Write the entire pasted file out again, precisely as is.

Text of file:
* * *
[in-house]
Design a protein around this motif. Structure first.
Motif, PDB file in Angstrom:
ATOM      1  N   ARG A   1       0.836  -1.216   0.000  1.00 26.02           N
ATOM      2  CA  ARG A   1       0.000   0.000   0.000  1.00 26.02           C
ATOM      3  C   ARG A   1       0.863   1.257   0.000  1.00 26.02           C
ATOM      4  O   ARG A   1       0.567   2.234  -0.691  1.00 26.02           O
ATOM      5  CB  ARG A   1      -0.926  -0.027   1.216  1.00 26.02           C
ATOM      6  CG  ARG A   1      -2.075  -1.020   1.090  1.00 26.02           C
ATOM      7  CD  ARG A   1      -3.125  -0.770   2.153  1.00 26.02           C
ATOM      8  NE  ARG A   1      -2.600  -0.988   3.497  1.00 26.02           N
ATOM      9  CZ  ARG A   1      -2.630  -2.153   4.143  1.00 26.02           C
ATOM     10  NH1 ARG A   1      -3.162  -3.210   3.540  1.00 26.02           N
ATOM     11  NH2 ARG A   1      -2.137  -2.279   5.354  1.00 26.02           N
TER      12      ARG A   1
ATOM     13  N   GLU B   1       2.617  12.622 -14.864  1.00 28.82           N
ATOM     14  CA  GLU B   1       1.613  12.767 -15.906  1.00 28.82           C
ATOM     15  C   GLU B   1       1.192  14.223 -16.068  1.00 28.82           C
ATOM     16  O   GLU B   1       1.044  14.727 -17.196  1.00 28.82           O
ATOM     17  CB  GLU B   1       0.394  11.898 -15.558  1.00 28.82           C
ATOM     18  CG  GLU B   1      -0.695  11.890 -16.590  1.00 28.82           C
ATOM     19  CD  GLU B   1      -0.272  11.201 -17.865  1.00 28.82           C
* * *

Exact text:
[in-house]
Design a protein around this motif. Structure first.
Motif, PDB file in Angstrom:
ATOM      1  N   ARG A   1       0.836  -1.216   0.000  1.00 26.02           N
ATOM      2  CA  ARG A   1       0.000   0.000   0.000  1.00 26.02           C
ATOM      3  C   ARG A   1       0.863   1.257   0.000  1.00 26.02           C
ATOM      4  O   ARG A   1       0.567   2.234  -0.691  1.00 26.02           O
ATOM      5  CB  ARG A   1      -0.926  -0.027   1.216  1.00 26.02           C
ATOM      6  CG  ARG A   1      -2.075  -1.020   1.090  1.00 26.02           C
ATOM      7  CD  ARG A   1      -3.125  -0.770   2.153  1.00 26.02           C
ATOM      8  NE  ARG A   1      -2.600  -0.988   3.497  1.00 26.02           N
ATOM      9  CZ  ARG A   1      -2.630  -2.153   4.143  1.00 26.02           C
ATOM     10  NH1 ARG A   1      -3.162  -3.210   3.540  1.00 26.02           N
ATOM     11  NH2 ARG A   1      -2.137  -2.279   5.354  1.00 26.02           N
TER      12      ARG A   1
ATOM     13  N   GLU B   1       2.617  12.622 -14.864  1.00 28.82           N
ATOM     14  CA  GLU B   1       1.613  12.767 -15.906  1.00 28.82           C
ATOM     15  C   GLU B   1       1.192  14.223 -16.068  1.00 28.82           C
ATOM     16  O   GLU B   1       1.044  14.727 -17.196  1.00 28.82           O
ATOM     17  CB  GLU B   1       0.394  11.898 -15.558  1.00 28.82           C
ATOM     18  CG  GLU B   1      -0.695  11.890 -16.590  1.00 28.82           C
ATOM     19  CD  GLU B   1      -0.272  11.201 -17.865  1.00 28.82           C